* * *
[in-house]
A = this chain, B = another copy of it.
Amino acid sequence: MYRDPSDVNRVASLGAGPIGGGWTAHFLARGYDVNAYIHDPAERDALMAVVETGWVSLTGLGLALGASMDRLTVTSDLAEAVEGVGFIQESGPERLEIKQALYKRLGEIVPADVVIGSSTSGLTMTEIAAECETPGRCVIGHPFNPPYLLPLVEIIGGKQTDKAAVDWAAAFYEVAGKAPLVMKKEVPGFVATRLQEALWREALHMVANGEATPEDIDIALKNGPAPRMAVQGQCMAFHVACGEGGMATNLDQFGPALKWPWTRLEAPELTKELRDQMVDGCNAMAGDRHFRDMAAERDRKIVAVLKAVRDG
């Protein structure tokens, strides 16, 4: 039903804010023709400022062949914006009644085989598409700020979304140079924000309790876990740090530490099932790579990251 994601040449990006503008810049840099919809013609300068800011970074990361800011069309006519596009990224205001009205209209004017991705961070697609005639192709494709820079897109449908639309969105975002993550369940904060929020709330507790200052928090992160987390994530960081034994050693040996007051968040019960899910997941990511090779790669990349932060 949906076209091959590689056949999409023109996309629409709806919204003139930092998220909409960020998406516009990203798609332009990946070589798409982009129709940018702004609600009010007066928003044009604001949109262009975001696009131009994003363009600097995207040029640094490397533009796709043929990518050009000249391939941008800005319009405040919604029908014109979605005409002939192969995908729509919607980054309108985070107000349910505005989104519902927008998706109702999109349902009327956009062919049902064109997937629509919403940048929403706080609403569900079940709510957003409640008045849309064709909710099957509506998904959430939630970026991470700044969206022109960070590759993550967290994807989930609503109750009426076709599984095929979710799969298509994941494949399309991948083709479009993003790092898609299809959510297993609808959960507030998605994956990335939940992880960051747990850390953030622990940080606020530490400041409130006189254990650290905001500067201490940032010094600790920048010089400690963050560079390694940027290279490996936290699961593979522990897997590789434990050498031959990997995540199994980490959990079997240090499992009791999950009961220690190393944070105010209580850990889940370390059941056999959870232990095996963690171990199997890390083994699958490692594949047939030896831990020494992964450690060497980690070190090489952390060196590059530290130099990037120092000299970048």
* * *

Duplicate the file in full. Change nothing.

[in-house]
A = this chain, B = another copy of it.
Amino acid sequence: MYRDPSDVNRVASLGAGPIGGGWTAHFLARGYDVNAYIHDPAERDALMAVVETGWVSLTGLGLALGASMDRLTVTSDLAEAVEGVGFIQESGPERLEIKQALYKRLGEIVPADVVIGSSTSGLTMTEIAAECETPGRCVIGHPFNPPYLLPLVEIIGGKQTDKAAVDWAAAFYEVAGKAPLVMKKEVPGFVATRLQEALWREALHMVANGEATPEDIDIALKNGPAPRMAVQGQCMAFHVACGEGGMATNLDQFGPALKWPWTRLEAPELTKELRDQMVDGCNAMAGDRHFRDMAAERDRKIVAVLKAVRDG
């Protein structure tokens, strides 16, 4: 039903804010023709400022062949914006009644085989598409700020979304140079924000309790876990740090530490099932790579990251 994601040449990006503008810049840099919809013609300068800011970074990361800011069309006519596009990224205001009205209209004017991705961070697609005639192709494709820079897109449908639309969105975002993550369940904060929020709330507790200052928090992160987390994530960081034994050693040996007051968040019960899910997941990511090779790669990349932060 949906076209091959590689056949999409023109996309629409709806919204003139930092998220909409960020998406516009990203798609332009990946070589798409982009129709940018702004609600009010007066928003044009604001949109262009975001696009131009994003363009600097995207040029640094490397533009796709043929990518050009000249391939941008800005319009405040919604029908014109979605005409002939192969995908729509919607980054309108985070107000349910505005989104519902927008998706109702999109349902009327956009062919049902064109997937629509919403940048929403706080609403569900079940709510957003409640008045849309064709909710099957509506998904959430939630970026991470700044969206022109960070590759993550967290994807989930609503109750009426076709599984095929979710799969298509994941494949399309991948083709479009993003790092898609299809959510297993609808959960507030998605994956990335939940992880960051747990850390953030622990940080606020530490400041409130006189254990650290905001500067201490940032010094600790920048010089400690963050560079390694940027290279490996936290699961593979522990897997590789434990050498031959990997995540199994980490959990079997240090499992009791999950009961220690190393944070105010209580850990889940370390059941056999959870232990095996963690171990199997890390083994699958490692594949047939030896831990020494992964450690060497980690070190090489952390060196590059530290130099990037120092000299970048």